During the holidays, we are surrounded by unhealthy foods, bombarded with their ads and end up indulging. Once the holidays are behind us, many people resolve to cut down on sweets and other empty calories.
I thoroughly enjoyed reading the commentary by Julie Pitta in the January issue. She is a breath of fresh air.
Cartoon by Paul Kilduff.
Our goal is to maintain a civil and productive free exchange of ideas with a variety of points of view. Letters and commentaries help give voice to the community, and we are grateful to those who have taken the time to share their views on issues that are important to our neighborhoods and city.
While I neither voted for nor supported the three individuals up for recall, and while I strongly disagree with many of their positions — such as spending a million dollars to paint over a WPA socially critical historical fresco painted by an Ashkenazic immigrant — they do not deserve recall. This is a misguided effort.
There are a lot of ways to make your listing stand out, but there’s only one that neither the seller nor the realtor can achieve all on their own: longevity. The #B […]
I totally agree with Steve Moran, whose letter to the editor in January’s Richmond Review says “Closure of the Upper Great Highway, at all, is idiotic.”
I confess to surprise verging on shock that the January issues of the Richmond Review and Sunset Beacon newspapers would abuse its public trust by marshaling its reporting staff to manipulate public opinion on a subject on which the public has diverse views.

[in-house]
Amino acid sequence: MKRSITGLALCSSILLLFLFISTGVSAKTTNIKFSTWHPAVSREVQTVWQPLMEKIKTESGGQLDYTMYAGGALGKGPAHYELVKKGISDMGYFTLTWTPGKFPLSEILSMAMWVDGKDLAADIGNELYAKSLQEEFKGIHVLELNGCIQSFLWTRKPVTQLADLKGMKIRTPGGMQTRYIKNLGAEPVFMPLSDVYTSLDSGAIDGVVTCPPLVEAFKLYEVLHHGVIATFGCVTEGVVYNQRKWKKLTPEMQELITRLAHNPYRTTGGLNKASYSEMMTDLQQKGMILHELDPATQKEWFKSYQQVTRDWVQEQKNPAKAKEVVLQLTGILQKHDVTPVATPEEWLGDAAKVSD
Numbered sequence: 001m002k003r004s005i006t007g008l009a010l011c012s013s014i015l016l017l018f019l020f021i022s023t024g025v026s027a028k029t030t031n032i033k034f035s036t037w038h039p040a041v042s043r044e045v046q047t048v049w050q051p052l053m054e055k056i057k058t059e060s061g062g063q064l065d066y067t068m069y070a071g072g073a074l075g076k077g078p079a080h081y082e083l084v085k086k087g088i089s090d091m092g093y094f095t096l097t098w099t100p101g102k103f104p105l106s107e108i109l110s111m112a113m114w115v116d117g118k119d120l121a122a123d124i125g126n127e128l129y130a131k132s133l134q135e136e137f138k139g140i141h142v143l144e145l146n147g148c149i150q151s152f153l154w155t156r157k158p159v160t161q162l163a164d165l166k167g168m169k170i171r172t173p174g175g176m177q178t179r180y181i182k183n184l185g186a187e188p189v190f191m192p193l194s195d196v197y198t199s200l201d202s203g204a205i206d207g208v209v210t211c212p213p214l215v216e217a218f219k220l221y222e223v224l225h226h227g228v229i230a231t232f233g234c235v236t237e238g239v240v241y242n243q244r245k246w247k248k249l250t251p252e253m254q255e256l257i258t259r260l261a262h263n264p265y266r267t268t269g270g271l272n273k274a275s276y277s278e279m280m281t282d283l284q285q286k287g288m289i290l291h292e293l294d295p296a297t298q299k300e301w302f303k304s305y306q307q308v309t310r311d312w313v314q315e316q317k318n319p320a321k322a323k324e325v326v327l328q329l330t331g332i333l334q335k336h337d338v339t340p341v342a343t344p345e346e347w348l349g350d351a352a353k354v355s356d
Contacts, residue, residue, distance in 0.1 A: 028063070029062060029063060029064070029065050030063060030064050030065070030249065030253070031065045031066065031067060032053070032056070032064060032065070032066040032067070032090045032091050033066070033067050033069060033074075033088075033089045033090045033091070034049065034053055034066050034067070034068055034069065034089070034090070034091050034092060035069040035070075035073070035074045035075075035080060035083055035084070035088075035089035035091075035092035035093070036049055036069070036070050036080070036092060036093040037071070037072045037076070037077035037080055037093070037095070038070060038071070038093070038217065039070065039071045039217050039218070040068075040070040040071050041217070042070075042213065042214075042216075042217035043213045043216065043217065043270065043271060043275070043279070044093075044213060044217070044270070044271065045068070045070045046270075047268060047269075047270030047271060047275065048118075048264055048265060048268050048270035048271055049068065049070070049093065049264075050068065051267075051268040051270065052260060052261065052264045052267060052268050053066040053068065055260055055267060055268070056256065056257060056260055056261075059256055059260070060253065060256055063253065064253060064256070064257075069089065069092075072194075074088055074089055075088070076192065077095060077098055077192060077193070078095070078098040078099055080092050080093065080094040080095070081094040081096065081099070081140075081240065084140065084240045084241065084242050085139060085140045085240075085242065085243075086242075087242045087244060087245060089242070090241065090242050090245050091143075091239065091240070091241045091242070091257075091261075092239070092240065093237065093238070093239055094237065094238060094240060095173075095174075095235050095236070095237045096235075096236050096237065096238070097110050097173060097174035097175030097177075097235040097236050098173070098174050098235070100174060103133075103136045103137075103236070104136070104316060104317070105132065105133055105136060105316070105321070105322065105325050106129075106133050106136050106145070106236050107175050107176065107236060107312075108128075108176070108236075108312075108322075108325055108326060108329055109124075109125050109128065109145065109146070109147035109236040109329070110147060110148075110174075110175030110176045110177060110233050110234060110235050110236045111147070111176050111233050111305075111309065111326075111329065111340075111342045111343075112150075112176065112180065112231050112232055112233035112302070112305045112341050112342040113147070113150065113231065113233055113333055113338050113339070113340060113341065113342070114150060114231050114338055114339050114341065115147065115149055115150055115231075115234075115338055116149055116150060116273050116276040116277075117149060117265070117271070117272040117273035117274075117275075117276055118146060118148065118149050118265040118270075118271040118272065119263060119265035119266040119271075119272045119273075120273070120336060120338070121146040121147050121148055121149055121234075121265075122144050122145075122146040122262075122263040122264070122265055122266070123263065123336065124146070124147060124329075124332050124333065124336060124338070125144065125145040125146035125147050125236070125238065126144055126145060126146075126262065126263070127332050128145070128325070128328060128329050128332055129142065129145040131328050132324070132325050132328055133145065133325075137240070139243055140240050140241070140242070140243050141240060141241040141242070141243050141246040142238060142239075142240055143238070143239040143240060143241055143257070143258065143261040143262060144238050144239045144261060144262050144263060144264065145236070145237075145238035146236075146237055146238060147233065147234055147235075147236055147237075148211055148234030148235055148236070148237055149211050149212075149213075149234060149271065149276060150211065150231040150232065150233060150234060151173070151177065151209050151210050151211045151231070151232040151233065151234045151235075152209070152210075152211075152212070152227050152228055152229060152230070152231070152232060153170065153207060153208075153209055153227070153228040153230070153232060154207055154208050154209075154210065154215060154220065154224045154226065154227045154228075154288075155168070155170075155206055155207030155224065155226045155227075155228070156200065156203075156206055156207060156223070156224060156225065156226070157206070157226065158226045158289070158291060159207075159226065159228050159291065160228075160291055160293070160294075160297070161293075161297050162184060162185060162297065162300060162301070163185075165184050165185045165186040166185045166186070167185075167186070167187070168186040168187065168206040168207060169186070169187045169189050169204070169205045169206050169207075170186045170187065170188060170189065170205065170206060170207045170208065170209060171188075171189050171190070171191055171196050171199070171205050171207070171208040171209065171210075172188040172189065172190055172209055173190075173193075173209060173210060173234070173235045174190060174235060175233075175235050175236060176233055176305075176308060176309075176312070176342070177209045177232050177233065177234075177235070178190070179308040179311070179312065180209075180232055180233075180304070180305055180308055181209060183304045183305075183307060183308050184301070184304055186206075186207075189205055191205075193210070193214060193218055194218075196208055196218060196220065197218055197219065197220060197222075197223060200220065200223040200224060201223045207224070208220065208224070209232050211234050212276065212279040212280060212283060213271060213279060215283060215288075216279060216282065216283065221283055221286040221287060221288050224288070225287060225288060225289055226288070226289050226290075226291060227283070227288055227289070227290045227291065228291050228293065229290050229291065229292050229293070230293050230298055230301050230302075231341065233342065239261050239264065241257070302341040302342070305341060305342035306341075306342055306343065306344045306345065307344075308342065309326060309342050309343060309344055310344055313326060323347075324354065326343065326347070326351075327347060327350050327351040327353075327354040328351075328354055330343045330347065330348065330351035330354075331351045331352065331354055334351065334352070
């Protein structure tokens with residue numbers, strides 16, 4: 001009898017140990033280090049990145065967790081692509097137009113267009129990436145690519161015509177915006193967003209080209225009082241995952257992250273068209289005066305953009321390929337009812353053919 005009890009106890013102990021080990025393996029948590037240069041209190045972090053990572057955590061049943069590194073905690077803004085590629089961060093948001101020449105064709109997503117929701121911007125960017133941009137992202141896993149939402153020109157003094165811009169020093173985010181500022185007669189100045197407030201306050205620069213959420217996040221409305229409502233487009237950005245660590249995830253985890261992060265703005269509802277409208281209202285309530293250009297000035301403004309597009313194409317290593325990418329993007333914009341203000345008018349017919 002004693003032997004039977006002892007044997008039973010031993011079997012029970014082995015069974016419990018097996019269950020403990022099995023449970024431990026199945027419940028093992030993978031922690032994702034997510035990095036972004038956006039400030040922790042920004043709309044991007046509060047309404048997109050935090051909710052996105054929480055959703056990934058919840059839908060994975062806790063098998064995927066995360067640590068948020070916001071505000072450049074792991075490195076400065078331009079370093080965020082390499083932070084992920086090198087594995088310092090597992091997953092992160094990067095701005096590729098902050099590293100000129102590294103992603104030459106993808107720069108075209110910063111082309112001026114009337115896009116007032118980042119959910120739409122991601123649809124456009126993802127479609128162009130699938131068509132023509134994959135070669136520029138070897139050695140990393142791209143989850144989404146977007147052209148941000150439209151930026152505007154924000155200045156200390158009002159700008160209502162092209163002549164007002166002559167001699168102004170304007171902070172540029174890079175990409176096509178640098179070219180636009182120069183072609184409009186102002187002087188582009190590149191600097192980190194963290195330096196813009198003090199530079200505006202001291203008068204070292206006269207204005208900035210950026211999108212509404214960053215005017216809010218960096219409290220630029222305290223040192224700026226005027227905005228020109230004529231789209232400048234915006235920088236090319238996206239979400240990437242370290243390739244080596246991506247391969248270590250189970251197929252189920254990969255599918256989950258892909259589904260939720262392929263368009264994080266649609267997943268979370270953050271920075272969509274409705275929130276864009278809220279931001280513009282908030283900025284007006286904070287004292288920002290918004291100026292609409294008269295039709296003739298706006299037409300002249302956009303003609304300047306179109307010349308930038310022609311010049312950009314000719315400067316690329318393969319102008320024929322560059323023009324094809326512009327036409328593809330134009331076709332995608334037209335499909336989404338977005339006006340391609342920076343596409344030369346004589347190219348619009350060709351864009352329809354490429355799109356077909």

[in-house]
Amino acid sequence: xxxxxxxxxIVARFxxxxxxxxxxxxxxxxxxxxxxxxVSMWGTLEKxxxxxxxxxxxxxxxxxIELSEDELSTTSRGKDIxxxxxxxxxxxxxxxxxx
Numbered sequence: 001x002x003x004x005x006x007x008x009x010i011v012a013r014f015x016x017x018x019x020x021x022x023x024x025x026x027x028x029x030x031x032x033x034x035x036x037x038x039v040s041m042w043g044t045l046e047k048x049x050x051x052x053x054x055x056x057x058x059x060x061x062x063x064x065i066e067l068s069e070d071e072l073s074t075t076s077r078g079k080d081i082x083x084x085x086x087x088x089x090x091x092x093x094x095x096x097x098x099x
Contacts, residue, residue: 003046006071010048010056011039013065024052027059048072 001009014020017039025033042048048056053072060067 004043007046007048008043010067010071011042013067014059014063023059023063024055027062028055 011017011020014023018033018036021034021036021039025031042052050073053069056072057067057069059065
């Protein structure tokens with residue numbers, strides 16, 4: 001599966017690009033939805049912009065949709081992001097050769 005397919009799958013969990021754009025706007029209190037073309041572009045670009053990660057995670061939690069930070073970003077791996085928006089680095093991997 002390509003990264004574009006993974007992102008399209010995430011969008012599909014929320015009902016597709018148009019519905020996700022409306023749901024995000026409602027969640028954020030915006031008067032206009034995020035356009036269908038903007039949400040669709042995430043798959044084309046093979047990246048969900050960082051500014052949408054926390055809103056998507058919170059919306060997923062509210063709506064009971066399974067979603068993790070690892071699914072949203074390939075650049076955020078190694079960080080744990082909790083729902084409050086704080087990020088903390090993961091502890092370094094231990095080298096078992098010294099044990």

The Planning Association for the Richmond (PAR) will hold our Winter general meeting on Wednesday, Jan. 19, 7 p.m., via Zoom.
During the past few months, the District 1 supervisor has initiated a landmarks nomination process for Lincoln Park.
“Be kind, say hello, ride slow, and enjoy shared spaces.”
Cartoon by Paul Kilduff.
As the pandemic enters its third unrelenting year, we all continue to rely on essential public services more than ever, and we’ve worked hard over the past year to protect and expand those services.
SF Recreation and Park Department workers removed eight trees. While several of these trees were downed because they hung over the road, most were removed because they have upended the asphalt path east of the Boat House …
Tiny forests are native, quick-growing woods – 600 seedlings planted on land the size of a tennis court. Working with nature, not against it, means these forests mature quickly.